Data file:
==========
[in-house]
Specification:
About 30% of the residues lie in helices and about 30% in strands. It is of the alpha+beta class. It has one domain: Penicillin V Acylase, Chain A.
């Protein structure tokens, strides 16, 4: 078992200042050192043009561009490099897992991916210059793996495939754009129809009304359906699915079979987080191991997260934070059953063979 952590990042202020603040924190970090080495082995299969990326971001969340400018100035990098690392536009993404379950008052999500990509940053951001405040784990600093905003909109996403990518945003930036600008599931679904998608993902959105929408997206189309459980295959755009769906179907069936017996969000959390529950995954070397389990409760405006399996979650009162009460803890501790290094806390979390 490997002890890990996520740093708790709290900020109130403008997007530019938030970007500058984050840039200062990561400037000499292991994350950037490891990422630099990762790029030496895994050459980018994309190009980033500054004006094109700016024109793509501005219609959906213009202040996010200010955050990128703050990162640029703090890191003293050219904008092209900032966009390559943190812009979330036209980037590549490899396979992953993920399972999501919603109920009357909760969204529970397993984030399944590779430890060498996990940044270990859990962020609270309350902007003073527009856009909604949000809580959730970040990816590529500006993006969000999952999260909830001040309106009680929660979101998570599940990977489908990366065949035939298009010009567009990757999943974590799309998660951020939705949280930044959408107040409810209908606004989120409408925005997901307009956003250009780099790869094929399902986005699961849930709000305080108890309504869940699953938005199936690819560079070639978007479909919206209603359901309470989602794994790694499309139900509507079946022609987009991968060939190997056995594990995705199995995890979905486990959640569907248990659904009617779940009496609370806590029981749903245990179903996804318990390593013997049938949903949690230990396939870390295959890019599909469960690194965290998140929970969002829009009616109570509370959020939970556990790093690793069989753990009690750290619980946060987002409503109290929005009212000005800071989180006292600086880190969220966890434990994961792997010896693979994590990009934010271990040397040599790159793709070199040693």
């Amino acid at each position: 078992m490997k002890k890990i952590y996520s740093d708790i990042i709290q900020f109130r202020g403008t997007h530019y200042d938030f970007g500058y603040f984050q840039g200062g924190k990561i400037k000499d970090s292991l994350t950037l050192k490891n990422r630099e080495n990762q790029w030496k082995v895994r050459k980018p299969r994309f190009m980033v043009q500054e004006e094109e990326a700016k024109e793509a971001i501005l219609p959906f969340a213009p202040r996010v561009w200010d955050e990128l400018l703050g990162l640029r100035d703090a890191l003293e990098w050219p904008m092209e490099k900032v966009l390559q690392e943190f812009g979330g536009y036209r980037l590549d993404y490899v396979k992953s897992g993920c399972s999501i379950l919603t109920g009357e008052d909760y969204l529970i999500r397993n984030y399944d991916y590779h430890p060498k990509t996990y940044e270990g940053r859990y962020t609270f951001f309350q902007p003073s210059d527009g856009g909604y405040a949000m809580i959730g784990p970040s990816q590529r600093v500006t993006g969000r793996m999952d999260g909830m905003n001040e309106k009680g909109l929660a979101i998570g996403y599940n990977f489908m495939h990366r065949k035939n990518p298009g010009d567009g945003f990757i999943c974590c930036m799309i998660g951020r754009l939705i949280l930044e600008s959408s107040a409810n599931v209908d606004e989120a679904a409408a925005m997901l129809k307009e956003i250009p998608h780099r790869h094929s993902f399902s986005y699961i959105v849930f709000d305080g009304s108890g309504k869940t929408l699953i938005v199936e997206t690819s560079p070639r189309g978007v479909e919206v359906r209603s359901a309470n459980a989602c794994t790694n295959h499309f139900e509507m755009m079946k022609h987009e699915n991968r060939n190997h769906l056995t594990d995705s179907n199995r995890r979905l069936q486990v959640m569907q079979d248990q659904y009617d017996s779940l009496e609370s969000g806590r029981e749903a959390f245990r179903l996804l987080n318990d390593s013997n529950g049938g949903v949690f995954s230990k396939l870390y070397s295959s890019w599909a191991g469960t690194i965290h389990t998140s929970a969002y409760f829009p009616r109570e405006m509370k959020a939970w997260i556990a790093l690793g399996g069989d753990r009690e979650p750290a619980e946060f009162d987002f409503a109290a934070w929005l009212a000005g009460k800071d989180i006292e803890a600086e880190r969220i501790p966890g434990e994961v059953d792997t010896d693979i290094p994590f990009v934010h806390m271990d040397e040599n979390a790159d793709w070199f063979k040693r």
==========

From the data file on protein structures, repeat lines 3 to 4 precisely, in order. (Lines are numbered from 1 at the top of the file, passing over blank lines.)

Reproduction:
About 30% of the residues lie in helices and about 30% in strands. It is of the alpha+beta class. It has one domain: Penicillin V Acylase, Chain A.
């Protein structure tokens, strides 16, 4: 078992200042050192043009561009490099897992991916210059793996495939754009129809009304359906699915079979987080191991997260934070059953063979 952590990042202020603040924190970090080495082995299969990326971001969340400018100035990098690392536009993404379950008052999500990509940053951001405040784990600093905003909109996403990518945003930036600008599931679904998608993902959105929408997206189309459980295959755009769906179907069936017996969000959390529950995954070397389990409760405006399996979650009162009460803890501790290094806390979390 490997002890890990996520740093708790709290900020109130403008997007530019938030970007500058984050840039200062990561400037000499292991994350950037490891990422630099990762790029030496895994050459980018994309190009980033500054004006094109700016024109793509501005219609959906213009202040996010200010955050990128703050990162640029703090890191003293050219904008092209900032966009390559943190812009979330036209980037590549490899396979992953993920399972999501919603109920009357909760969204529970397993984030399944590779430890060498996990940044270990859990962020609270309350902007003073527009856009909604949000809580959730970040990816590529500006993006969000999952999260909830001040309106009680929660979101998570599940990977489908990366065949035939298009010009567009990757999943974590799309998660951020939705949280930044959408107040409810209908606004989120409408925005997901307009956003250009780099790869094929399902986005699961849930709000305080108890309504869940699953938005199936690819560079070639978007479909919206209603359901309470989602794994790694499309139900509507079946022609987009991968060939190997056995594990995705199995995890979905486990959640569907248990659904009617779940009496609370806590029981749903245990179903996804318990390593013997049938949903949690230990396939870390295959890019599909469960690194965290998140929970969002829009009616109570509370959020939970556990790093690793069989753990009690750290619980946060987002409503109290929005009212000005800071989180006292600086880190969220966890434990994961792997010896693979994590990009934010271990040397040599790159793709070199040693």